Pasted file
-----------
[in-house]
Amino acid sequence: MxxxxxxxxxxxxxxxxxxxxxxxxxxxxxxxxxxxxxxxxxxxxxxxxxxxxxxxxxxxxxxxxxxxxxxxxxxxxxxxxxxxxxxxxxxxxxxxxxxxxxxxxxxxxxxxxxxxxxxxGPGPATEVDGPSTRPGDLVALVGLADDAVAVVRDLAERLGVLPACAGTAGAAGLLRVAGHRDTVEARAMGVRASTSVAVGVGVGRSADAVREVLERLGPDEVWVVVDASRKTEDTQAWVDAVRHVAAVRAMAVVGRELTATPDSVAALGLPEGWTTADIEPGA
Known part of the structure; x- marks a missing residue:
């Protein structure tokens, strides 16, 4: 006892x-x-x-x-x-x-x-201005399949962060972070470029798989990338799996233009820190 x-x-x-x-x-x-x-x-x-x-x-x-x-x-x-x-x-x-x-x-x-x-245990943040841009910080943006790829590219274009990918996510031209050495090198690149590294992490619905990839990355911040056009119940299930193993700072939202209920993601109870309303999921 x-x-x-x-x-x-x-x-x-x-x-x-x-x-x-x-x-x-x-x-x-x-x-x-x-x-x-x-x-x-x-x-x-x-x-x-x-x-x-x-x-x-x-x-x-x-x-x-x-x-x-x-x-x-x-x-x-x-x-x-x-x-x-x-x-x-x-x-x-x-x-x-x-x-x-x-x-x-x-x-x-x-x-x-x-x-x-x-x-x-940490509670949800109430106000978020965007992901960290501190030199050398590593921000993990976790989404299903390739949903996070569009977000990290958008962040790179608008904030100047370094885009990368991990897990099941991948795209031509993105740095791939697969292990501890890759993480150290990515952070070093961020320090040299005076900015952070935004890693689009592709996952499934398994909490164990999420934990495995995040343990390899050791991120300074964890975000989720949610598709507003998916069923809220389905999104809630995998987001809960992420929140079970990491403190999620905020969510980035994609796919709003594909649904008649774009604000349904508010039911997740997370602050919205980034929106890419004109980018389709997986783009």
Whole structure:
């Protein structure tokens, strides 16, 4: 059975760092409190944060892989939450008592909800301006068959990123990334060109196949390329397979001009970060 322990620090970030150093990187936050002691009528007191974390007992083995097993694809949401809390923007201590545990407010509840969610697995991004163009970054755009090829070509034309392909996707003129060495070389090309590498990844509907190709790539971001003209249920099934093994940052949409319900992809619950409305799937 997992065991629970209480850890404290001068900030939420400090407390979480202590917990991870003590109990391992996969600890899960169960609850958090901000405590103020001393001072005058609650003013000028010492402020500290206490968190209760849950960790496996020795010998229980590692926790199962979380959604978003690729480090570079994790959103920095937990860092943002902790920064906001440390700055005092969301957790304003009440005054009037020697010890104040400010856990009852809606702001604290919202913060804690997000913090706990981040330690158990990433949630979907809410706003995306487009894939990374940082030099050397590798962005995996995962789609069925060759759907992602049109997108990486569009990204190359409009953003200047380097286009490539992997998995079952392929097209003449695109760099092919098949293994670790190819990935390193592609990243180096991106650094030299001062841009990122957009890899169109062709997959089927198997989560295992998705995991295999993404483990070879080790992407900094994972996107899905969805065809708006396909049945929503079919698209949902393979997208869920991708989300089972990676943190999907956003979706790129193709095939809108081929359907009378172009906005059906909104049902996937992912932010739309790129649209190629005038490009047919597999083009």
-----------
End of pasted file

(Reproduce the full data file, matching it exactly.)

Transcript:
[in-house]
Amino acid sequence: MxxxxxxxxxxxxxxxxxxxxxxxxxxxxxxxxxxxxxxxxxxxxxxxxxxxxxxxxxxxxxxxxxxxxxxxxxxxxxxxxxxxxxxxxxxxxxxxxxxxxxxxxxxxxxxxxxxxxxxxGPGPATEVDGPSTRPGDLVALVGLADDAVAVVRDLAERLGVLPACAGTAGAAGLLRVAGHRDTVEARAMGVRASTSVAVGVGVGRSADAVREVLERLGPDEVWVVVDASRKTEDTQAWVDAVRHVAAVRAMAVVGRELTATPDSVAALGLPEGWTTADIEPGA
Known part of the structure; x- marks a missing residue:
């Protein structure tokens, strides 16, 4: 006892x-x-x-x-x-x-x-201005399949962060972070470029798989990338799996233009820190 x-x-x-x-x-x-x-x-x-x-x-x-x-x-x-x-x-x-x-x-x-x-245990943040841009910080943006790829590219274009990918996510031209050495090198690149590294992490619905990839990355911040056009119940299930193993700072939202209920993601109870309303999921 x-x-x-x-x-x-x-x-x-x-x-x-x-x-x-x-x-x-x-x-x-x-x-x-x-x-x-x-x-x-x-x-x-x-x-x-x-x-x-x-x-x-x-x-x-x-x-x-x-x-x-x-x-x-x-x-x-x-x-x-x-x-x-x-x-x-x-x-x-x-x-x-x-x-x-x-x-x-x-x-x-x-x-x-x-x-x-x-x-x-940490509670949800109430106000978020965007992901960290501190030199050398590593921000993990976790989404299903390739949903996070569009977000990290958008962040790179608008904030100047370094885009990368991990897990099941991948795209031509993105740095791939697969292990501890890759993480150290990515952070070093961020320090040299005076900015952070935004890693689009592709996952499934398994909490164990999420934990495995995040343990390899050791991120300074964890975000989720949610598709507003998916069923809220389905999104809630995998987001809960992420929140079970990491403190999620905020969510980035994609796919709003594909649904008649774009604000349904508010039911997740997370602050919205980034929106890419004109980018389709997986783009």
Whole structure:
């Protein structure tokens, strides 16, 4: 059975760092409190944060892989939450008592909800301006068959990123990334060109196949390329397979001009970060 322990620090970030150093990187936050002691009528007191974390007992083995097993694809949401809390923007201590545990407010509840969610697995991004163009970054755009090829070509034309392909996707003129060495070389090309590498990844509907190709790539971001003209249920099934093994940052949409319900992809619950409305799937 997992065991629970209480850890404290001068900030939420400090407390979480202590917990991870003590109990391992996969600890899960169960609850958090901000405590103020001393001072005058609650003013000028010492402020500290206490968190209760849950960790496996020795010998229980590692926790199962979380959604978003690729480090570079994790959103920095937990860092943002902790920064906001440390700055005092969301957790304003009440005054009037020697010890104040400010856990009852809606702001604290919202913060804690997000913090706990981040330690158990990433949630979907809410706003995306487009894939990374940082030099050397590798962005995996995962789609069925060759759907992602049109997108990486569009990204190359409009953003200047380097286009490539992997998995079952392929097209003449695109760099092919098949293994670790190819990935390193592609990243180096991106650094030299001062841009990122957009890899169109062709997959089927198997989560295992998705995991295999993404483990070879080790992407900094994972996107899905969805065809708006396909049945929503079919698209949902393979997208869920991708989300089972990676943190999907956003979706790129193709095939809108081929359907009378172009906005059906909104049902996937992912932010739309790129649209190629005038490009047919597999083009």